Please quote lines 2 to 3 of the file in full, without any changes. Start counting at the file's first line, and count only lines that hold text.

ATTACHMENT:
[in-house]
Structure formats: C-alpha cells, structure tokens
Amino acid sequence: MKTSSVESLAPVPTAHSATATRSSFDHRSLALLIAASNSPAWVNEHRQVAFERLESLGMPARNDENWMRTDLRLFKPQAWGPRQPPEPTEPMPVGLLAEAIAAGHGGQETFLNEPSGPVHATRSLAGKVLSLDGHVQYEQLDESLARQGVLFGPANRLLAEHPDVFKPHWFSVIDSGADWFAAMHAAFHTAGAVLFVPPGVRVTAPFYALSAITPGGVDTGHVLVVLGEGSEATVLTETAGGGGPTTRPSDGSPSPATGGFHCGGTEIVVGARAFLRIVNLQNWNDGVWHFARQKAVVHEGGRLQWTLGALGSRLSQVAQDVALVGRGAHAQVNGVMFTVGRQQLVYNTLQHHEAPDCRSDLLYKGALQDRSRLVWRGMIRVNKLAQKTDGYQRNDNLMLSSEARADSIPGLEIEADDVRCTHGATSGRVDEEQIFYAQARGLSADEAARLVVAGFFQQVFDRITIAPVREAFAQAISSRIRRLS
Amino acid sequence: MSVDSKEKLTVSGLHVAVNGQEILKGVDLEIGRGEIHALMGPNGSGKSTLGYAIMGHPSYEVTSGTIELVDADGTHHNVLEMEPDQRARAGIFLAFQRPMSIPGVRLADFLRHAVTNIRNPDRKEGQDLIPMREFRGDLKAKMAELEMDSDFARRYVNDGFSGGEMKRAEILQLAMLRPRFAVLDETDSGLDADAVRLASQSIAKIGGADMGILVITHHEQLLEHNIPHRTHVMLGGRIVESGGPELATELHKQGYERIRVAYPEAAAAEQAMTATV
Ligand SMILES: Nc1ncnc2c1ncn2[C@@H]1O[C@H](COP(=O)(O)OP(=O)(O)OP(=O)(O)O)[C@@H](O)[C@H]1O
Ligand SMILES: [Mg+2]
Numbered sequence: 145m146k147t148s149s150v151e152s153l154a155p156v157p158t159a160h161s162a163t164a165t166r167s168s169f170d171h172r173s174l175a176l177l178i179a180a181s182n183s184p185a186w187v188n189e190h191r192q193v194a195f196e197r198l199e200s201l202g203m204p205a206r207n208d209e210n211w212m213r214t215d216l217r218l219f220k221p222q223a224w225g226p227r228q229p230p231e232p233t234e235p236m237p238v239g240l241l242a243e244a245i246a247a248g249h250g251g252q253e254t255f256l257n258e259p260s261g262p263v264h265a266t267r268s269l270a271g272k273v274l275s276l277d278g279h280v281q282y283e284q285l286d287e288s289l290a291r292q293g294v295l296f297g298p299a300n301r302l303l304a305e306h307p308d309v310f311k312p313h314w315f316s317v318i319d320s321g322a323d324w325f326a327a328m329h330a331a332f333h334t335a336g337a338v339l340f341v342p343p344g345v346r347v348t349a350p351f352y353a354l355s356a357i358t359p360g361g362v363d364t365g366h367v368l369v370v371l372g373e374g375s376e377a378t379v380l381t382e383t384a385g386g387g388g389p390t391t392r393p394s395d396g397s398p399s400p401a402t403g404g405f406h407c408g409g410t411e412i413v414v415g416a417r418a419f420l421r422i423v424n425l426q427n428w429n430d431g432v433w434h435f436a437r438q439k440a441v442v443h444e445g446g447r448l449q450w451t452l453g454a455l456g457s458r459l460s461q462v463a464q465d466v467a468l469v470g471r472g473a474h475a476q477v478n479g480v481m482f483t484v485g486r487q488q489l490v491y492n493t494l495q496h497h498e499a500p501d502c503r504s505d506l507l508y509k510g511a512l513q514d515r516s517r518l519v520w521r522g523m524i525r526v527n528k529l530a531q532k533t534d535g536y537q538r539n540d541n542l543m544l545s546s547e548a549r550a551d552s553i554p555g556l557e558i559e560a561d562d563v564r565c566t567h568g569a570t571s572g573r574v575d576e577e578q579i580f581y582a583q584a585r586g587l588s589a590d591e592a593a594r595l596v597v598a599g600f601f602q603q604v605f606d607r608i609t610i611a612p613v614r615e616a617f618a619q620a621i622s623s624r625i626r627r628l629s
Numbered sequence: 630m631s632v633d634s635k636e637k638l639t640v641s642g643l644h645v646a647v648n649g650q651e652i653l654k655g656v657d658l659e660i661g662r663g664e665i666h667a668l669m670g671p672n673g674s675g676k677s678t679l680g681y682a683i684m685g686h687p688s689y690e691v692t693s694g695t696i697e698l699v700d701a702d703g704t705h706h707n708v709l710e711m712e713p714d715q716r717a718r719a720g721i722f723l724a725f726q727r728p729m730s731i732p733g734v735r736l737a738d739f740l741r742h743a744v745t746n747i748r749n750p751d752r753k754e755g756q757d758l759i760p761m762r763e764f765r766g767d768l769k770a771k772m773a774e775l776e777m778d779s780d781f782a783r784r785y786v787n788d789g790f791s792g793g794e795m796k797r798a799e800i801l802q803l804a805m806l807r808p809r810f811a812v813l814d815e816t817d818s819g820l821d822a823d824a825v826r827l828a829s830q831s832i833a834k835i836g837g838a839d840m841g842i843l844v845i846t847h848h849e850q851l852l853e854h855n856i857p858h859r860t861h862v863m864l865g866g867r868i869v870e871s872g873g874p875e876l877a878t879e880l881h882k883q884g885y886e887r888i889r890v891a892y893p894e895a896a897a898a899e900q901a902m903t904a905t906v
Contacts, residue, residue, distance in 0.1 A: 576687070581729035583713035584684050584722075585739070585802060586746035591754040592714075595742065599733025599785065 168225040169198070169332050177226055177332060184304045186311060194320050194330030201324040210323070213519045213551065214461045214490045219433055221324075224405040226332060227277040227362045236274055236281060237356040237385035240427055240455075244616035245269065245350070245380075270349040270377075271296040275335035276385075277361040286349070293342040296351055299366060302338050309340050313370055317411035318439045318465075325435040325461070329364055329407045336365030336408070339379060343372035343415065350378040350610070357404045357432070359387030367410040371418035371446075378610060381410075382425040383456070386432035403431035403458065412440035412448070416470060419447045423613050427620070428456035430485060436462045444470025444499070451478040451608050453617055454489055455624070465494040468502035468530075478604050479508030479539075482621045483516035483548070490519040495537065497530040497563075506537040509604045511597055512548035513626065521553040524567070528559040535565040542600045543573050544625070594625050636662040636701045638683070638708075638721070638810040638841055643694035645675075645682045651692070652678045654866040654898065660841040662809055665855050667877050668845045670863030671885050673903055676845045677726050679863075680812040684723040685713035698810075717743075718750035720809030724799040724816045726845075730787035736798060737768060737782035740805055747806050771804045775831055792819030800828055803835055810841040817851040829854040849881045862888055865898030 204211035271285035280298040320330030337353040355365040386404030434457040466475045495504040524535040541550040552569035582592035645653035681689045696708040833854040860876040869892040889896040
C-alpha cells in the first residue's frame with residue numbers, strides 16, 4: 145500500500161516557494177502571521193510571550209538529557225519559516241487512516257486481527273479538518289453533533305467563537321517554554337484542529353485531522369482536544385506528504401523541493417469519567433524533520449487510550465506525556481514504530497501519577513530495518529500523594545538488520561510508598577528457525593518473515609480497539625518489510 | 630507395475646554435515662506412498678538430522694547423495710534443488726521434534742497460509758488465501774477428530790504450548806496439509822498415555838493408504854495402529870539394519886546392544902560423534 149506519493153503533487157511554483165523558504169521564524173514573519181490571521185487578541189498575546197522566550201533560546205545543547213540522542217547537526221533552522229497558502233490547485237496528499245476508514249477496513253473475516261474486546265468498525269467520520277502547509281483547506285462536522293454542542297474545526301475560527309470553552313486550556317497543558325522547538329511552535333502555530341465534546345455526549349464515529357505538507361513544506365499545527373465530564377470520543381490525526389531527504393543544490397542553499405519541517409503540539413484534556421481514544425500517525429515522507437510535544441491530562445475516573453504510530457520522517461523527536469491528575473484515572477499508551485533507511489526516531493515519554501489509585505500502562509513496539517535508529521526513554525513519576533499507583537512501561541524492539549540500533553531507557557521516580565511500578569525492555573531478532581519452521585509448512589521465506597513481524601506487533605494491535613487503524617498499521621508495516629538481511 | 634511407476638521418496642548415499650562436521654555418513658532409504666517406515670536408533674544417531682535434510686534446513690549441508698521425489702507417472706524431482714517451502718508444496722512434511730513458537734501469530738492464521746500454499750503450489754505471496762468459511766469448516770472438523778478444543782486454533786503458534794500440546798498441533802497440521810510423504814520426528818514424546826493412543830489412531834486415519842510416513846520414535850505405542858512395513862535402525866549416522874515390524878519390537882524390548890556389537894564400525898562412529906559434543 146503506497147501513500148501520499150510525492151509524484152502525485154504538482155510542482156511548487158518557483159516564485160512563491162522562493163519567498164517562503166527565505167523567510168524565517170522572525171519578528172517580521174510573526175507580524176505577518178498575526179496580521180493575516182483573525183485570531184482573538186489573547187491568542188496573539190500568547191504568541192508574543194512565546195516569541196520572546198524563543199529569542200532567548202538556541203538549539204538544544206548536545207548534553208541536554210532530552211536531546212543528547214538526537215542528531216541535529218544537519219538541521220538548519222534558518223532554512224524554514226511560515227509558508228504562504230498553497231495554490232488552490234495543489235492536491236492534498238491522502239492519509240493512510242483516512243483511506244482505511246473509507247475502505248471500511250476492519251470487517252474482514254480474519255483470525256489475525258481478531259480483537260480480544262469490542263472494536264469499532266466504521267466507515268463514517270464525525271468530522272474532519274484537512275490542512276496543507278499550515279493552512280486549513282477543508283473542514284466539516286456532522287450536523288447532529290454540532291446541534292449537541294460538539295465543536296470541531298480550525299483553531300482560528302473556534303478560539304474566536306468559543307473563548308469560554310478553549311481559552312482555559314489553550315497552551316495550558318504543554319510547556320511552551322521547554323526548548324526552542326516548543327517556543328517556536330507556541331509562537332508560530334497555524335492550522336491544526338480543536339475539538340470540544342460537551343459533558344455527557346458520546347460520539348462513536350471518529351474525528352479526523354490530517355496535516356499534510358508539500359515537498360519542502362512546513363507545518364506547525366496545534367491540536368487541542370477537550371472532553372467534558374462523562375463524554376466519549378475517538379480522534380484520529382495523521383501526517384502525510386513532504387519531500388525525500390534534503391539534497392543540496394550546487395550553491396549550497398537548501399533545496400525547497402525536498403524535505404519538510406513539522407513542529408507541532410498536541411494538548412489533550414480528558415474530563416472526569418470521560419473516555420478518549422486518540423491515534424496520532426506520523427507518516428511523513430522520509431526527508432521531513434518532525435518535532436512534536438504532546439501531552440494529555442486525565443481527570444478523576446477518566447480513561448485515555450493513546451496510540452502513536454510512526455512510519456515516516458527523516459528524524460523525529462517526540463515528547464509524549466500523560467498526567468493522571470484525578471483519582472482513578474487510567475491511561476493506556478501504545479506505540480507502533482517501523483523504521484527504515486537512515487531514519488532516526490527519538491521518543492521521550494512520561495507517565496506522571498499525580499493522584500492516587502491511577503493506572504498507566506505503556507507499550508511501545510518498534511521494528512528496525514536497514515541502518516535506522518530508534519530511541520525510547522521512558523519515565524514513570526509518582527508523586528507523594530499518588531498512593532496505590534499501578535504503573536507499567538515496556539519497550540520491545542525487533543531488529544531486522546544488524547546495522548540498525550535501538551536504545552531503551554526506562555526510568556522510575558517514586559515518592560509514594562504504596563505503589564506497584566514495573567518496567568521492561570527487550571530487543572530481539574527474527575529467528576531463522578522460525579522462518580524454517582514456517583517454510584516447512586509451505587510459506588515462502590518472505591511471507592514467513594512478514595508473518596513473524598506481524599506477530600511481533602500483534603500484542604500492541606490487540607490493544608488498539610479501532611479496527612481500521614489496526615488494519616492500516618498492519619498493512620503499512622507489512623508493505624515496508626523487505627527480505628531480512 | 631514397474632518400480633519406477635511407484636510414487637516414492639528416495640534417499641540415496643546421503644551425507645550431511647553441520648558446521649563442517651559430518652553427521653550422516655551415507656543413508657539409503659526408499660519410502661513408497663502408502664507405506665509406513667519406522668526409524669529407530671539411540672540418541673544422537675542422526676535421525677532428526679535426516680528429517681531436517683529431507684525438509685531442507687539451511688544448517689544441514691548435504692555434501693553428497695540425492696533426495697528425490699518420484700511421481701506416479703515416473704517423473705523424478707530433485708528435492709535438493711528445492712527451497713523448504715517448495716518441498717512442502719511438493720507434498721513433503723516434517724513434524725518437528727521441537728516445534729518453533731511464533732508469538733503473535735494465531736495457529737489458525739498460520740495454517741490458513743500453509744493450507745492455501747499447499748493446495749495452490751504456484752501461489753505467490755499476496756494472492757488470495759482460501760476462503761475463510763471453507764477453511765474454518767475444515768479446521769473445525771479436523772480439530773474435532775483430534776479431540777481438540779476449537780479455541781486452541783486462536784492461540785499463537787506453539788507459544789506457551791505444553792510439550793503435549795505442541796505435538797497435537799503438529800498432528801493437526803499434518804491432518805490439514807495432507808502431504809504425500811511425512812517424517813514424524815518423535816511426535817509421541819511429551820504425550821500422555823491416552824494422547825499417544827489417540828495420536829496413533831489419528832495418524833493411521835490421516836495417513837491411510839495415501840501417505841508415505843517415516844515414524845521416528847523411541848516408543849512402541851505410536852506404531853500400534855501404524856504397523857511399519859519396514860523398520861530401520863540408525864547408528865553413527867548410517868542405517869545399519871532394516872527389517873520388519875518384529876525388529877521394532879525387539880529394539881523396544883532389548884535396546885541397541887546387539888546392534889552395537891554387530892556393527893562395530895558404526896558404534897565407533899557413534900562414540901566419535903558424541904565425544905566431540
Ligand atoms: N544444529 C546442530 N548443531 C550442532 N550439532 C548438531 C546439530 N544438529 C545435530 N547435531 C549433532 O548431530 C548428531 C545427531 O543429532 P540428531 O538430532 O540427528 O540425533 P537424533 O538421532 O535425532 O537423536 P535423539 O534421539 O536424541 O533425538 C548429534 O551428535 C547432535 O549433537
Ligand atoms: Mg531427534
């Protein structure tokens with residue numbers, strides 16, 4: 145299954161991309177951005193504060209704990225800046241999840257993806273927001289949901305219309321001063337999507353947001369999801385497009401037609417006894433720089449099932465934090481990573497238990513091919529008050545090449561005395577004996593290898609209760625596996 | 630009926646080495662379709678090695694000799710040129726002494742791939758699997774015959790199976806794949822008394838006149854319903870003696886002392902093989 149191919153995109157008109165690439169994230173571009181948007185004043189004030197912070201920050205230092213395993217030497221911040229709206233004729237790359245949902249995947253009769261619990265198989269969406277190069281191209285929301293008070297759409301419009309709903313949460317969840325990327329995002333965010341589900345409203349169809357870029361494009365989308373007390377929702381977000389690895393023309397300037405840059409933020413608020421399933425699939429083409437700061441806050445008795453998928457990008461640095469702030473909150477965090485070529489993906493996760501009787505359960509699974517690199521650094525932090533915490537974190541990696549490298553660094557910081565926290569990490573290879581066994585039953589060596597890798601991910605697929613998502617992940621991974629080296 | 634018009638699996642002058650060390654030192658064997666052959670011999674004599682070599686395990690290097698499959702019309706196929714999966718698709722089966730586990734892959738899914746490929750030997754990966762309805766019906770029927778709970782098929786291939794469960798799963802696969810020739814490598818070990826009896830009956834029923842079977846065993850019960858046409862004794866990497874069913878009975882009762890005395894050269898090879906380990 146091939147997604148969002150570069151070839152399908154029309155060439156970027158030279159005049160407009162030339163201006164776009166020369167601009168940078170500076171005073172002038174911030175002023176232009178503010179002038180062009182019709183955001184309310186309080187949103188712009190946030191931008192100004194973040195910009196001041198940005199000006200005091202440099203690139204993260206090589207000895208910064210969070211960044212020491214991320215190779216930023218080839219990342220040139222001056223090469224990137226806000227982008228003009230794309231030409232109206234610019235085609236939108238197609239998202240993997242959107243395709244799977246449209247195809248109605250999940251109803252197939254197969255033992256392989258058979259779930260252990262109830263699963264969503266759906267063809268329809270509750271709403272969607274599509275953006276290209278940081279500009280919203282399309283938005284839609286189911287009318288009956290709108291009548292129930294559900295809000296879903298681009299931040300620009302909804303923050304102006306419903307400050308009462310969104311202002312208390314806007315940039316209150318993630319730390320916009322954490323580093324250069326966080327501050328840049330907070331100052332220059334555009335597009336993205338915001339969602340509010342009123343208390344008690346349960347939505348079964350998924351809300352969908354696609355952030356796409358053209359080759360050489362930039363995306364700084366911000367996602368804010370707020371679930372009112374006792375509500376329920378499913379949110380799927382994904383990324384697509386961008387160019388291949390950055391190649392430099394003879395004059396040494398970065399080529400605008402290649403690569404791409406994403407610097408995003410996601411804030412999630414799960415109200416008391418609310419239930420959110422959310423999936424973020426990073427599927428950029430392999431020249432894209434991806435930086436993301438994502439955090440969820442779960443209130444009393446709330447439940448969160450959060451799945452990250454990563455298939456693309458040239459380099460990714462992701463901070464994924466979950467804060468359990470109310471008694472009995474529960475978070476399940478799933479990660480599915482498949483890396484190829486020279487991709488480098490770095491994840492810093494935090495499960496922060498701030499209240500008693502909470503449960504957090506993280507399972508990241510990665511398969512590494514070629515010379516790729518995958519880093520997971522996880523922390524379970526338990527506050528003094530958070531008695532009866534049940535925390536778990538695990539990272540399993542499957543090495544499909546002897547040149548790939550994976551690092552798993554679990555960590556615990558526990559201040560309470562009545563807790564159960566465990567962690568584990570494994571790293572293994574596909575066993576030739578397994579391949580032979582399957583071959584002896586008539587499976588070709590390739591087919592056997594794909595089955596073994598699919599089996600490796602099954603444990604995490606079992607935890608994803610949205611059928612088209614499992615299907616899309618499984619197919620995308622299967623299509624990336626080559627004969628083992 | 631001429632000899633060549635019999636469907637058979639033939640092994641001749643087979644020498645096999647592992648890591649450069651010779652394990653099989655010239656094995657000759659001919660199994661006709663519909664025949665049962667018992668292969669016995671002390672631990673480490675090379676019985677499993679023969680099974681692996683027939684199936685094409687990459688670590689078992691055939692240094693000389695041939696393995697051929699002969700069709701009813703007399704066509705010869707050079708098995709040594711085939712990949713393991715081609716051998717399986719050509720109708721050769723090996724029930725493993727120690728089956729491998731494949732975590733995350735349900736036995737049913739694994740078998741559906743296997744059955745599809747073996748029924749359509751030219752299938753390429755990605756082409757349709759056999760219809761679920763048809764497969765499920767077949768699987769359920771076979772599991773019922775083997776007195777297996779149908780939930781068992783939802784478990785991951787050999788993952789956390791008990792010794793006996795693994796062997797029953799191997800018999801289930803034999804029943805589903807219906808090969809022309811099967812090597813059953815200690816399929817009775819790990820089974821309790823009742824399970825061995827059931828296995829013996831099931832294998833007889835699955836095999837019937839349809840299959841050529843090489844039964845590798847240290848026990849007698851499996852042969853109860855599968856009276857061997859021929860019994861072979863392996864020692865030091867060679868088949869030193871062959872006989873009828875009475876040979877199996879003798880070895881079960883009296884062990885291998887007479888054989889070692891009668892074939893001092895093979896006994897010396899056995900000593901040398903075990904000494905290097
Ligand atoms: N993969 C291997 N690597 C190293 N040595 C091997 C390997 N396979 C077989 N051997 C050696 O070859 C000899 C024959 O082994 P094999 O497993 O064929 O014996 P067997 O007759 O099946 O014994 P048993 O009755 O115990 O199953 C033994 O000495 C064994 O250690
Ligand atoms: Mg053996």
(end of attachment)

Structure formats: C-alpha cells, structure tokens
Amino acid sequence: MKTSSVESLAPVPTAHSATATRSSFDHRSLALLIAASNSPAWVNEHRQVAFERLESLGMPARNDENWMRTDLRLFKPQAWGPRQPPEPTEPMPVGLLAEAIAAGHGGQETFLNEPSGPVHATRSLAGKVLSLDGHVQYEQLDESLARQGVLFGPANRLLAEHPDVFKPHWFSVIDSGADWFAAMHAAFHTAGAVLFVPPGVRVTAPFYALSAITPGGVDTGHVLVVLGEGSEATVLTETAGGGGPTTRPSDGSPSPATGGFHCGGTEIVVGARAFLRIVNLQNWNDGVWHFARQKAVVHEGGRLQWTLGALGSRLSQVAQDVALVGRGAHAQVNGVMFTVGRQQLVYNTLQHHEAPDCRSDLLYKGALQDRSRLVWRGMIRVNKLAQKTDGYQRNDNLMLSSEARADSIPGLEIEADDVRCTHGATSGRVDEEQIFYAQARGLSADEAARLVVAGFFQQVFDRITIAPVREAFAQAISSRIRRLS